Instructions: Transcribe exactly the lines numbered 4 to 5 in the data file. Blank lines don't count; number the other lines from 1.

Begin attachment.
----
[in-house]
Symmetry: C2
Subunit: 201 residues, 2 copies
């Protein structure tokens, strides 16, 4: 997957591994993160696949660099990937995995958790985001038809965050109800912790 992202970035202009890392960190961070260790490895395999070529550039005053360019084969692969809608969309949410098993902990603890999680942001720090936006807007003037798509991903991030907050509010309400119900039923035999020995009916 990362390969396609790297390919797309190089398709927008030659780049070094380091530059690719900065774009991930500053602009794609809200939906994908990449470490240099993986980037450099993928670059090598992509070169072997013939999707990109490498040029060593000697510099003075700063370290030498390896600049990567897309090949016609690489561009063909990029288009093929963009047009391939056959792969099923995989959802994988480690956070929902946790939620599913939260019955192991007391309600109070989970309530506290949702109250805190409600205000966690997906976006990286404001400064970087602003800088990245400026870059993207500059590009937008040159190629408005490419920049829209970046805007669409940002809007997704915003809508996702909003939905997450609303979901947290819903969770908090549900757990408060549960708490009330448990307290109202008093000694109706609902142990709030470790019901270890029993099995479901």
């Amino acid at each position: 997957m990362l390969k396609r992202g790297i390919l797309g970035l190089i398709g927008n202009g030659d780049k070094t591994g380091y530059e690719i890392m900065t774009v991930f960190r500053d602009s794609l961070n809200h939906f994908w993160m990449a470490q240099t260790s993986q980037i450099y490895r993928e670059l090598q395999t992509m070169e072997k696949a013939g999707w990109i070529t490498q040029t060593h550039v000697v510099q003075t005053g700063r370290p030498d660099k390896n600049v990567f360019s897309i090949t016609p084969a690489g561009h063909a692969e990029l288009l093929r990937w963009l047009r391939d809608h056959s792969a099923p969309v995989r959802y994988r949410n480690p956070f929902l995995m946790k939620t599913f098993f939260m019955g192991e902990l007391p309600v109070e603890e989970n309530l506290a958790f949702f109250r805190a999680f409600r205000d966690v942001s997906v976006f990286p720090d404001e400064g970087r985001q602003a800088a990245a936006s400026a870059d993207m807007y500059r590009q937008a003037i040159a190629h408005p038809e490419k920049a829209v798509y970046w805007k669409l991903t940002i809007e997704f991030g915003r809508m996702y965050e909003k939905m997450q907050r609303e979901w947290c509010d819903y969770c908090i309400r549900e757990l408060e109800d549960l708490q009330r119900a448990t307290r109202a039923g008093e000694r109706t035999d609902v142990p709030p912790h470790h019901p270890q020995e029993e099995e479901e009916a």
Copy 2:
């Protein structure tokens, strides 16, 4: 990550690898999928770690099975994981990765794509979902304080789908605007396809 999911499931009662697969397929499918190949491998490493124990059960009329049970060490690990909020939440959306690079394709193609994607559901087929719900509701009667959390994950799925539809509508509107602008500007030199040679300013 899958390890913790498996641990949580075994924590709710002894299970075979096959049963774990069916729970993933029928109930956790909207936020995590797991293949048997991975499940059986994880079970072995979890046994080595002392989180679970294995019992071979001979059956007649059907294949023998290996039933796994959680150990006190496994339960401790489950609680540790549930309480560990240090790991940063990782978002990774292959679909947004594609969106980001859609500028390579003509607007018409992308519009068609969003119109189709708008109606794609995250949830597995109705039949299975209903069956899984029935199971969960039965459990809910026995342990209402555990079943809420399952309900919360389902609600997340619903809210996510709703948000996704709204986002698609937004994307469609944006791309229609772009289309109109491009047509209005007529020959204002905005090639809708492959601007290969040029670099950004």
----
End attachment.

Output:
């Protein structure tokens, strides 16, 4: 997957591994993160696949660099990937995995958790985001038809965050109800912790 992202970035202009890392960190961070260790490895395999070529550039005053360019084969692969809608969309949410098993902990603890999680942001720090936006807007003037798509991903991030907050509010309400119900039923035999020995009916 990362390969396609790297390919797309190089398709927008030659780049070094380091530059690719900065774009991930500053602009794609809200939906994908990449470490240099993986980037450099993928670059090598992509070169072997013939999707990109490498040029060593000697510099003075700063370290030498390896600049990567897309090949016609690489561009063909990029288009093929963009047009391939056959792969099923995989959802994988480690956070929902946790939620599913939260019955192991007391309600109070989970309530506290949702109250805190409600205000966690997906976006990286404001400064970087602003800088990245400026870059993207500059590009937008040159190629408005490419920049829209970046805007669409940002809007997704915003809508996702909003939905997450609303979901947290819903969770908090549900757990408060549960708490009330448990307290109202008093000694109706609902142990709030470790019901270890029993099995479901």
């Amino acid at each position: 997957m990362l390969k396609r992202g790297i390919l797309g970035l190089i398709g927008n202009g030659d780049k070094t591994g380091y530059e690719i890392m900065t774009v991930f960190r500053d602009s794609l961070n809200h939906f994908w993160m990449a470490q240099t260790s993986q980037i450099y490895r993928e670059l090598q395999t992509m070169e072997k696949a013939g999707w990109i070529t490498q040029t060593h550039v000697v510099q003075t005053g700063r370290p030498d660099k390896n600049v990567f360019s897309i090949t016609p084969a690489g561009h063909a692969e990029l288009l093929r990937w963009l047009r391939d809608h056959s792969a099923p969309v995989r959802y994988r949410n480690p956070f929902l995995m946790k939620t599913f098993f939260m019955g192991e902990l007391p309600v109070e603890e989970n309530l506290a958790f949702f109250r805190a999680f409600r205000d966690v942001s997906v976006f990286p720090d404001e400064g970087r985001q602003a800088a990245a936006s400026a870059d993207m807007y500059r590009q937008a003037i040159a190629h408005p038809e490419k920049a829209v798509y970046w805007k669409l991903t940002i809007e997704f991030g915003r809508m996702y965050e909003k939905m997450q907050r609303e979901w947290c509010d819903y969770c908090i309400r549900e757990l408060e109800d549960l708490q009330r119900a448990t307290r109202a039923g008093e000694r109706t035999d609902v142990p709030p912790h470790h019901p270890q020995e029993e099995e479901e009916a």